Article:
Clinical
histories,
service
statistics
Compiled
data,
some
analysis
Service Delivery
Point
Reports
Managers,
Government
, Donors
Analysts,
evaluators
Higher levels: district, province,
national
Information Use in Country X
• Local health centers and hospitals report up
through system
• However, local facilities never received full
reports
• Identified opportunities for feedback
through Information Use Map
Reasons to Assess Information Flow
• Local data not used locally
• Higher-level information does not return back
to local level
• Local data not assessed in broad context
• Little incentive to produce high-quality data
Information Use Mapping
• Purpose
– Describe existing flow of health information to
identify opportunities for improving its use
• Description
– Identifies gaps and opportunities for using
information
– Identifies opportunities for additional feedback
mechanisms
– Identifies points where analysis & data could
support programmatic decision making
Information Use Map: National HIV/AIDS Program May 2005
Data Collection
Private Clinic
N60
Government
Facility
Compilation
Storage
Analysis
Reporting
Use
Data collected in
electronic medical
records
Data collected both
electronically and
paper-based
Data collected
by paper-based
system
Reporting to
N60
headquarters
Data compiled
in monthly
reports
District
Data compiled in
quarterly reports
Regional
Data compiled in
quarterly reports
National
Reporting to
WHO 6FAM
Data stored
in national
HIV database
Data
analyzed
Annual state of
the program
report prepared
Development
of 5-year
strategic plan
Information Use Map: National HIV/AIDS Program May 2005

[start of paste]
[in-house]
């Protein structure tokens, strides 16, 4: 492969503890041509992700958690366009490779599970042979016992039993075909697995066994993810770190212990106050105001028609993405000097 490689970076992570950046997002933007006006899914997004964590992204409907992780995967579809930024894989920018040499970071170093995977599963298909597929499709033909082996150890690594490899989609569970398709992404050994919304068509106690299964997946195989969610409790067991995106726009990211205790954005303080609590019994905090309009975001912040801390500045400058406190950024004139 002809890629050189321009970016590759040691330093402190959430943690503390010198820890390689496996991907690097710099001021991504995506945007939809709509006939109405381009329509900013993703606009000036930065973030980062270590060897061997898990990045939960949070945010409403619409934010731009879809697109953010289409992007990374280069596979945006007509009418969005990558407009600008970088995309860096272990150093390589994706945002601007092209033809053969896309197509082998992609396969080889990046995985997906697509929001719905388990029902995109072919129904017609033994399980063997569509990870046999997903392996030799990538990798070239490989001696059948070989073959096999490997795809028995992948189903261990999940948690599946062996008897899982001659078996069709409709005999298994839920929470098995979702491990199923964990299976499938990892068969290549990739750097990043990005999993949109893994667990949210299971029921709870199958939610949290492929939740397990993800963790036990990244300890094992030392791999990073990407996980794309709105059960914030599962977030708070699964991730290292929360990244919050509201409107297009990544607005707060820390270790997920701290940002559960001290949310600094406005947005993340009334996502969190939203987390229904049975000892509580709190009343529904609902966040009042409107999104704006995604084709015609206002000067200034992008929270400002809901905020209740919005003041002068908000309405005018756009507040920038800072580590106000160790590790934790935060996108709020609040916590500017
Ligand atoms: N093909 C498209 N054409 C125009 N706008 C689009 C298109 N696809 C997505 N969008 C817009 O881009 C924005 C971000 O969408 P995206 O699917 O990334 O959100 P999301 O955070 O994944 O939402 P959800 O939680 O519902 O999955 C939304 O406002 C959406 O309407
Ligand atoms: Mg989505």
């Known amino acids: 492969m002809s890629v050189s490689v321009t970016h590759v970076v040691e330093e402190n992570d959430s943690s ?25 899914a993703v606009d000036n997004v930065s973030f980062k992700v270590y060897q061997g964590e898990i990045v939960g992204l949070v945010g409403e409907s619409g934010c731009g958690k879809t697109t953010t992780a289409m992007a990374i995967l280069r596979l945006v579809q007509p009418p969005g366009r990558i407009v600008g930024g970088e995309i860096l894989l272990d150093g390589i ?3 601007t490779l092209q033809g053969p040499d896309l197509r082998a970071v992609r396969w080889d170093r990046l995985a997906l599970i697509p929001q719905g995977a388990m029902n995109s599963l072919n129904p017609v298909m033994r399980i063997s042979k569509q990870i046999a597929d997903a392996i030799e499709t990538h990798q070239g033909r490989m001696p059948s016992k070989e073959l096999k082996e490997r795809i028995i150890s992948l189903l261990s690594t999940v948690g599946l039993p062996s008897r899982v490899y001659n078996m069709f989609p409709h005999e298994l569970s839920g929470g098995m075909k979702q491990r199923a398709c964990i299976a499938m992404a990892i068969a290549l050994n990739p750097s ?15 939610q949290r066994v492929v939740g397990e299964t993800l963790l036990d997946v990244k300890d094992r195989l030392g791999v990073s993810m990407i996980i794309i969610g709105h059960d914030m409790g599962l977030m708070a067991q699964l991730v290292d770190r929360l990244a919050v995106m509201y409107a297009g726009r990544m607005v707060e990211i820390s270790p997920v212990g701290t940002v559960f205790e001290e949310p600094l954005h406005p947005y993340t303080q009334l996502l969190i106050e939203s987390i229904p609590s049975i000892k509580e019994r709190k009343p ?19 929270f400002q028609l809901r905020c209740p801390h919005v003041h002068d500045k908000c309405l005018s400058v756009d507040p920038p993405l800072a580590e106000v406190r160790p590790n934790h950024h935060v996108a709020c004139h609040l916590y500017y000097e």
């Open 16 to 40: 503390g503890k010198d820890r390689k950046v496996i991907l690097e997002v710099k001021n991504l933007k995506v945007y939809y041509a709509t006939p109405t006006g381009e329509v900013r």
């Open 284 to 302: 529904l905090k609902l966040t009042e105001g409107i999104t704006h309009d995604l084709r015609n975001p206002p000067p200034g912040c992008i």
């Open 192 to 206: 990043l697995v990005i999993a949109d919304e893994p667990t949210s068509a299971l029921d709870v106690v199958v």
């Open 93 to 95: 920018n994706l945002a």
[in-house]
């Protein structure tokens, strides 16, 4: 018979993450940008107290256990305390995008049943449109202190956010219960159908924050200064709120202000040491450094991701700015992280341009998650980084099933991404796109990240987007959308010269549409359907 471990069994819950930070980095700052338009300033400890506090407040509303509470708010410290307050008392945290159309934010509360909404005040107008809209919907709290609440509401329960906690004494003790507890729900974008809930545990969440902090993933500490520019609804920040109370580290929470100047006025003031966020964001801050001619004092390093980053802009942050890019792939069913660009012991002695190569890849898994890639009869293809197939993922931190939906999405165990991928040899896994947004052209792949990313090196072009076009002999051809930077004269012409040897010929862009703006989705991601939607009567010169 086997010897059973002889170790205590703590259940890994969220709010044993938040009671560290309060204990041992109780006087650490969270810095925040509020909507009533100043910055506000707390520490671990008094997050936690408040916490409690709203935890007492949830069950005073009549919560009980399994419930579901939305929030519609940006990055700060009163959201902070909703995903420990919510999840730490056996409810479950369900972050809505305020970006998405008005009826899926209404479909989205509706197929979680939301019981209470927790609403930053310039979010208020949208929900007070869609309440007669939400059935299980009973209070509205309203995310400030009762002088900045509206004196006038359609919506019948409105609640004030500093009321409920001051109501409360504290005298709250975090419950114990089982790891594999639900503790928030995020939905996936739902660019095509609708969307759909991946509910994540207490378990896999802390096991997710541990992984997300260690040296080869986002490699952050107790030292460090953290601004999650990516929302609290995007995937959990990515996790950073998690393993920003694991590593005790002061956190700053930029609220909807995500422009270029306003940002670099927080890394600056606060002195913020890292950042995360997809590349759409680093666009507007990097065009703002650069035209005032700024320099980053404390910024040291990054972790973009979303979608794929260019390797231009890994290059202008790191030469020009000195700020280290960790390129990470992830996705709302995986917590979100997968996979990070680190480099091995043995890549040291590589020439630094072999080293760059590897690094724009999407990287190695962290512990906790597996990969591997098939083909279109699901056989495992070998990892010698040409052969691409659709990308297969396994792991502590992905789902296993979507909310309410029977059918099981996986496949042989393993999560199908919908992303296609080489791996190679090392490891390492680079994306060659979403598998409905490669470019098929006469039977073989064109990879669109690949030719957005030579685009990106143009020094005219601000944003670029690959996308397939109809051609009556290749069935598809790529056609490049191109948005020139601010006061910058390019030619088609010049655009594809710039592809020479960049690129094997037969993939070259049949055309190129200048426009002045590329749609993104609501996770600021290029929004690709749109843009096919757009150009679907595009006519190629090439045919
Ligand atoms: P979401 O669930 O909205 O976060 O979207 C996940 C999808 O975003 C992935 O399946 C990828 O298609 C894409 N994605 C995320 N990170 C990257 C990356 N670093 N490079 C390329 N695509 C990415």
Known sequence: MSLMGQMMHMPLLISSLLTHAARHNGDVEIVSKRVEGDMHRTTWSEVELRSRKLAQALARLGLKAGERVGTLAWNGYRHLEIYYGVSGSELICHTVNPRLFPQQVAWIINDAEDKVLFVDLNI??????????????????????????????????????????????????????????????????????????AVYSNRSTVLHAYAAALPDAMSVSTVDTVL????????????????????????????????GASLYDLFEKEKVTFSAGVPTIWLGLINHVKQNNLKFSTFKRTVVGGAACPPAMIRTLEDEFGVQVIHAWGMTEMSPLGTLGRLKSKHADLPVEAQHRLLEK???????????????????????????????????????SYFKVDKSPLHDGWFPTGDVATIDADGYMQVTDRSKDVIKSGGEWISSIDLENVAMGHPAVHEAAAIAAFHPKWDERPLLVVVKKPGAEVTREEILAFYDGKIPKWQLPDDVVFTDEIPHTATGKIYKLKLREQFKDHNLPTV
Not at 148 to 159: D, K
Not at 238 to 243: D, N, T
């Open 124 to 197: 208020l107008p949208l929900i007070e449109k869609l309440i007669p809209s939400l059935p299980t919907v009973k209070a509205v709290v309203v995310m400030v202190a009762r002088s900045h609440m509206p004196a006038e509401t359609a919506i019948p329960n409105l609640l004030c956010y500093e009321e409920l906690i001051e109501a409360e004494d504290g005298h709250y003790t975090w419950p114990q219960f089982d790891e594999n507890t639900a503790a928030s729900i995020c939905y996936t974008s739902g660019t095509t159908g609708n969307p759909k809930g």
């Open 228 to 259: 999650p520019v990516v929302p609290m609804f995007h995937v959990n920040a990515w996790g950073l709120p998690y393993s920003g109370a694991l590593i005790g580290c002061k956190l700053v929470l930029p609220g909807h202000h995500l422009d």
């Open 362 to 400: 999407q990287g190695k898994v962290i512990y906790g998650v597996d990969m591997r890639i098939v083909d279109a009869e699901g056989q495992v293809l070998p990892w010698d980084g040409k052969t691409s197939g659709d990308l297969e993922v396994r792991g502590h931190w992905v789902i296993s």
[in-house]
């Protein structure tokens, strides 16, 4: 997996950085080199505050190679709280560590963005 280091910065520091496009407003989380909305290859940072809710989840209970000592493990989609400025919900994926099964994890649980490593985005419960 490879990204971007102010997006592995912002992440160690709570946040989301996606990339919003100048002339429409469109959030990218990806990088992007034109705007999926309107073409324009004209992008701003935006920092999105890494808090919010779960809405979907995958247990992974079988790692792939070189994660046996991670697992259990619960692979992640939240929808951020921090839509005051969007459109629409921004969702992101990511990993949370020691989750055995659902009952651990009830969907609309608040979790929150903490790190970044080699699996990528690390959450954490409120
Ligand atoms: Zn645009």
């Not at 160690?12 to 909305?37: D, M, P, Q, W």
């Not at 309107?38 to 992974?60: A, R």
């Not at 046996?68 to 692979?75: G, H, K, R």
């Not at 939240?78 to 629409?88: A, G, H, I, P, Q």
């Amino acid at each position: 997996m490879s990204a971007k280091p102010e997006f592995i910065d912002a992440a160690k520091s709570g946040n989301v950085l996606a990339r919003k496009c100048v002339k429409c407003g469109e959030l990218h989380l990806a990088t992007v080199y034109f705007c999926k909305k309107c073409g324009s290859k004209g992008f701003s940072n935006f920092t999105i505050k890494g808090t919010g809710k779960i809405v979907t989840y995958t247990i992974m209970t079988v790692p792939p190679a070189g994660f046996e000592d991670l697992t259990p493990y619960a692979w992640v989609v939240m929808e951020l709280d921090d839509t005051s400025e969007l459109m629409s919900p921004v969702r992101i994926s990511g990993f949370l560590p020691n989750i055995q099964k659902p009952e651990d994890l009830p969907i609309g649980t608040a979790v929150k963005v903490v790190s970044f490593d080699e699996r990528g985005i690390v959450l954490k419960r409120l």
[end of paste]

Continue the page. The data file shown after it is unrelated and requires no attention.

Data Collection
Private Clinic
NGO
Government
Facility
District
Compilation
Storage
Analysis
Client data
collected in EMRS
Clinic data
stored in EMRS
Conduct client
and clinic level
analysis
Data collected both
in EMRS and
paper-based
NGO data stored
in EMRS or in
paper records
Facility level data
stored in filing
cabinets
Client data
collected by
paper-based
system
Clinic staff
compile data in
monthly
summary reports
District level staff
compile data in
quarterly summary
reports
Reporting
Results reported
Use
to clinic
management
Use for clinic
service planning
and improvement
Conduct client
and site level
analysis
Results reported
to NGO headquarters & donor
Use for program
planning and
improvement
Conduct client
and facility level
analysis
Results reported
Use for program
planning and
improvement
Conduct district
level analysis
to facility
management
Results reported
to district
management
Use in district
program planning
and improvement
Results reported
Regional
Regional level staff
compile data in
quarterly summary
reports
Conduct regional
level analysis
National
Data stored
in national
HIV database
to regional
management
Data
analyzed
Reporting to
WHO 6FAM
More
sophisticated
analysis
conducted
Annual state of
the program
report prepared
Use in regional
program planning
and improvement
Development of
5-year strategic
plan
Use in national
program and policy
planning and
resource allocation
Key Messages
• Actual flow of data and information can reveal
barriers to improving data quality and use
• Information Use Map can highlight
intervention points
How does information flow
through your organization?
References
• Canadian Health Services Research Foundation. Developing a
Dissemination Plan. Available at:
http://www.chsrf.ca/knowledge_transfer/pdf/dissemination_
plan_f.pdf
• Laurie Liskin. “Dissemination and Data Use Tools”. MEASURE
DHS. PowerPoint Presentation. 17 June 2009
• MEASURE DHS. “Module 7: Disseminating and Using Data for
Change”. PowerPoint Presentation. Kenya, June 2010
MEASURE Evaluation is a MEASURE program project funded by
the U.S. Agency for International Development (USAID) through
Cooperative Agreement GHA-A-00-08-00003-00 and is
implemented by the Carolina Population Center at the
University of North Carolina at Chapel Hill, in partnership with
Futures Group International, John Snow, Inc., ICF Macro,
Management Sciences for Health, and Tulane University.
Visit us online at http://www.cpc.unc.edu/measure
Visit us online at http://www.cpc.unc.edu/measure.
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Data Presentation - Carolina Population Center